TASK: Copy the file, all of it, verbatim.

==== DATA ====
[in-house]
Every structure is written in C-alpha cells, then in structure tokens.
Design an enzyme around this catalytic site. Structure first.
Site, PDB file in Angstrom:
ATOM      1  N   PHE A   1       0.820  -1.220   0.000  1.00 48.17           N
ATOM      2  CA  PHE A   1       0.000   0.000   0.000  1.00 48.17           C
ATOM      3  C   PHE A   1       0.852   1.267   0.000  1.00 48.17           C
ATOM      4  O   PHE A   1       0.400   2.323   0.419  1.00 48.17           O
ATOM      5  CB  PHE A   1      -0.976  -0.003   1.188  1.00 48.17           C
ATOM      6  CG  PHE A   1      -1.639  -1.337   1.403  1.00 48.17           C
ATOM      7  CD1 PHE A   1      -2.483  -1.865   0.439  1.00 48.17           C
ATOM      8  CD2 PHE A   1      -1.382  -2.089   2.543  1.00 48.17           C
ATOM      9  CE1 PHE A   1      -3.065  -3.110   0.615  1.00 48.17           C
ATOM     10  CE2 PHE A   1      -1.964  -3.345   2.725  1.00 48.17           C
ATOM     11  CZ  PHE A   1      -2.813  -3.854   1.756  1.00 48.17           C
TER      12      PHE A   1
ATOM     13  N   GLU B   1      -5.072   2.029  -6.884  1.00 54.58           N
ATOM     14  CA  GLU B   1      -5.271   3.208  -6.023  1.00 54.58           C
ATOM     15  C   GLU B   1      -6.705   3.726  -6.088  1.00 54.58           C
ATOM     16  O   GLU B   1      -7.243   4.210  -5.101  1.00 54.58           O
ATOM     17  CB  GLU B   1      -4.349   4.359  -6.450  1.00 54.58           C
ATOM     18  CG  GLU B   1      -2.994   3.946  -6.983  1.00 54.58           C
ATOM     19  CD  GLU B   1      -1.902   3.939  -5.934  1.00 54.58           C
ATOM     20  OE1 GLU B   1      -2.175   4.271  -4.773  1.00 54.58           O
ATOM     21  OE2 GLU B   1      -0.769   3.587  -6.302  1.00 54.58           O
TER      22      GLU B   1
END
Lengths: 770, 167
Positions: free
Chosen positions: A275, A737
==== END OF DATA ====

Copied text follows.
[in-house]
Every structure is written in C-alpha cells, then in structure tokens.
Design an enzyme around this catalytic site. Structure first.
Site, PDB file in Angstrom:
ATOM      1  N   PHE A   1       0.820  -1.220   0.000  1.00 48.17           N
ATOM      2  CA  PHE A   1       0.000   0.000   0.000  1.00 48.17           C
ATOM      3  C   PHE A   1       0.852   1.267   0.000  1.00 48.17           C
ATOM      4  O   PHE A   1       0.400   2.323   0.419  1.00 48.17           O
ATOM      5  CB  PHE A   1      -0.976  -0.003   1.188  1.00 48.17           C
ATOM      6  CG  PHE A   1      -1.639  -1.337   1.403  1.00 48.17           C
ATOM      7  CD1 PHE A   1      -2.483  -1.865   0.439  1.00 48.17           C
ATOM      8  CD2 PHE A   1      -1.382  -2.089   2.543  1.00 48.17           C
ATOM      9  CE1 PHE A   1      -3.065  -3.110   0.615  1.00 48.17           C
ATOM     10  CE2 PHE A   1      -1.964  -3.345   2.725  1.00 48.17           C
ATOM     11  CZ  PHE A   1      -2.813  -3.854   1.756  1.00 48.17           C
TER      12      PHE A   1
ATOM     13  N   GLU B   1      -5.072   2.029  -6.884  1.00 54.58           N
ATOM     14  CA  GLU B   1      -5.271   3.208  -6.023  1.00 54.58           C
ATOM     15  C   GLU B   1      -6.705   3.726  -6.088  1.00 54.58           C
ATOM     16  O   GLU B   1      -7.243   4.210  -5.101  1.00 54.58           O
ATOM     17  CB  GLU B   1      -4.349   4.359  -6.450  1.00 54.58           C
ATOM     18  CG  GLU B   1      -2.994   3.946  -6.983  1.00 54.58           C
ATOM     19  CD  GLU B   1      -1.902   3.939  -5.934  1.00 54.58           C
ATOM     20  OE1 GLU B   1      -2.175   4.271  -4.773  1.00 54.58           O
ATOM     21  OE2 GLU B   1      -0.769   3.587  -6.302  1.00 54.58           O
TER      22      GLU B   1
END
Lengths: 770, 167
Positions: free
Chosen positions: A275, A737